Thank you Royal Family for bringing me back to my senses. Your groovy new Duchess, and your rain-sodden Diamond Jubilee had lulled me into a feeling of warmth towards your institution that I realise now was caused by a bad bout of demographic creep.
You know that feeling you get when you start buying the Women’s Weekly and listening to the ABC because you think they’ve become cooler, when actually you’ve just become older and less cool? I can now put my recent dabble with Royal love down to that.
And today you’ve grabbed me by the shoulders and shaken me out of it with the publication of your new rules of court.
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The Queen has just spent four days celebrating her Diamond Jubilee. She did so in what they call grand style. Good for her. She is a good stick. She cheers up the people of England, the family she heads generates tourism, and she does kindly deeds for benevolent causes.
She is also our head of state. Don’t worry, as a republican I am not about to use the occasion of her 60-year reign to reheat the dusty old arguments for constitutional change. We had our chance in 1999 and we blew it. In the absence of any mainstream political will to revisit the issue, we are stuck with the Queen and her heirs for a very long time. Our lives as Australians are not materially different for that fact, even if that fact is anachronistic and jars with our national belief in meritocracy.
What interested me more about the Diamond Jubilee was the image it presented of England itself, and what a sad and sorry joint it has become.
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There has been a bit of a popular phrase going around for the last couple of days. It goes something like this: “Even Republicans must acknowledge the Queen is a remarkable woman.”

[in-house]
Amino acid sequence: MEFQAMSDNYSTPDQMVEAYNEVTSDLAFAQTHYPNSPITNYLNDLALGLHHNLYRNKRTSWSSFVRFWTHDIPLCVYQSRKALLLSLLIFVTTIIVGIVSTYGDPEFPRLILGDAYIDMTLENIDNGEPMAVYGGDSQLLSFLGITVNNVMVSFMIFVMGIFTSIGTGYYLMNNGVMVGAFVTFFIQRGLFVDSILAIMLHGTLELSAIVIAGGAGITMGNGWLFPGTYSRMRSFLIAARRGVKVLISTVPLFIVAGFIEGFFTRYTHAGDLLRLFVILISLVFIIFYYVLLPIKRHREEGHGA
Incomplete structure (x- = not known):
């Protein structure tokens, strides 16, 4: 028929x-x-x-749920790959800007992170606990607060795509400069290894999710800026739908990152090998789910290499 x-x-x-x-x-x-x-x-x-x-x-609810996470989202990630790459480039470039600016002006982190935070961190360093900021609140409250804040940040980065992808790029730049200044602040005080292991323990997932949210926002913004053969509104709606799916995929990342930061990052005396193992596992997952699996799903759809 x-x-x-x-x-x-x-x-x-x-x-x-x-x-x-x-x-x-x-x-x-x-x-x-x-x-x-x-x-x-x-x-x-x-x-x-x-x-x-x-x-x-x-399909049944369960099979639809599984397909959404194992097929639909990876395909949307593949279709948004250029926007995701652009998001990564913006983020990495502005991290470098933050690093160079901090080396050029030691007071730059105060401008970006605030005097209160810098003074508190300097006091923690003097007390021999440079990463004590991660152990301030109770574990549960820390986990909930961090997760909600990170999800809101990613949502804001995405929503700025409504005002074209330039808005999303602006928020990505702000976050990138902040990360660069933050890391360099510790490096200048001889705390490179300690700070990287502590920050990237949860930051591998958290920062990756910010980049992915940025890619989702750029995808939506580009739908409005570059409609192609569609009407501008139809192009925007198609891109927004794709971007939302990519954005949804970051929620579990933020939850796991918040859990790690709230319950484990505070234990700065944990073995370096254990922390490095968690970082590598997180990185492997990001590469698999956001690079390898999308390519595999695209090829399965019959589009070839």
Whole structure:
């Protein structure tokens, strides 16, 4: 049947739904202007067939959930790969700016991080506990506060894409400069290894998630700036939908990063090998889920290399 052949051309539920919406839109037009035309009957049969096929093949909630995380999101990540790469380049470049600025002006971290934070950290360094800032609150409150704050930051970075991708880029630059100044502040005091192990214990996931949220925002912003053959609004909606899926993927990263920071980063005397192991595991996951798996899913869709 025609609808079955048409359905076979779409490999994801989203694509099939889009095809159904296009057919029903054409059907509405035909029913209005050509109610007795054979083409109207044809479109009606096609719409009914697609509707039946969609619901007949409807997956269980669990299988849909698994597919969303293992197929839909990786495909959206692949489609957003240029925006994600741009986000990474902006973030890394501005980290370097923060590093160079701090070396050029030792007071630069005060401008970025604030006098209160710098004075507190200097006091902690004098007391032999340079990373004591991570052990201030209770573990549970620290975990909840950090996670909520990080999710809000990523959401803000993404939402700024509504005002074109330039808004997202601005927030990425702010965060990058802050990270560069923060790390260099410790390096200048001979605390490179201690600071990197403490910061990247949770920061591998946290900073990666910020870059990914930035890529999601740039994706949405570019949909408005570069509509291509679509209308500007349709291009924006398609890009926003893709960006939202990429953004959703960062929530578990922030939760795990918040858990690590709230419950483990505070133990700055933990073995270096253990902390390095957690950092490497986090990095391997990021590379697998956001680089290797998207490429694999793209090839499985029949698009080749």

Well. No. We. Don’t.
If anything the vulgar pageantry we have seen in the last few days as Elizabeth celebrates 60 years as Queen of England (and Australia) hammers home the point about what an obscene spectacle it all is.
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To describe myself as a republican is a bit of an understatement. I don’t just want Australia to have its own head of state, the whole concept of monarchy makes me really angry.
I’ve been known to swear at the television during coverage of Princess Mary or the Duchess of Cambridge’s highly contrived life events, when blubbering TV hosts declare they’ve achieved “every little girl’s dream”. It is, frankly, insulting.
The rhetoric that the masses find it uplifting to witness ostentatious displays of wealth and entitlement by people whose only qualification is that they were born is a load of rubbish.
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Queen Elizabeth turned 80 on April 21, 2006, but a magnificent gift from Australia which taxpayers helped fund has yet to reach the birthday girl.
In fact it is 2224 days late for the celebrations and it seems it might never be delivered, even as the Queen now prepares for her Diamond Jubilee at age 86.
The present is a state coach—specifically State Coach Britannia—lovingly built by Sydney craftsman Jim Frecklington with the help of a $245,000 grant from the Coalition government of John Howard, a Senate estimates committee was told yesterday.
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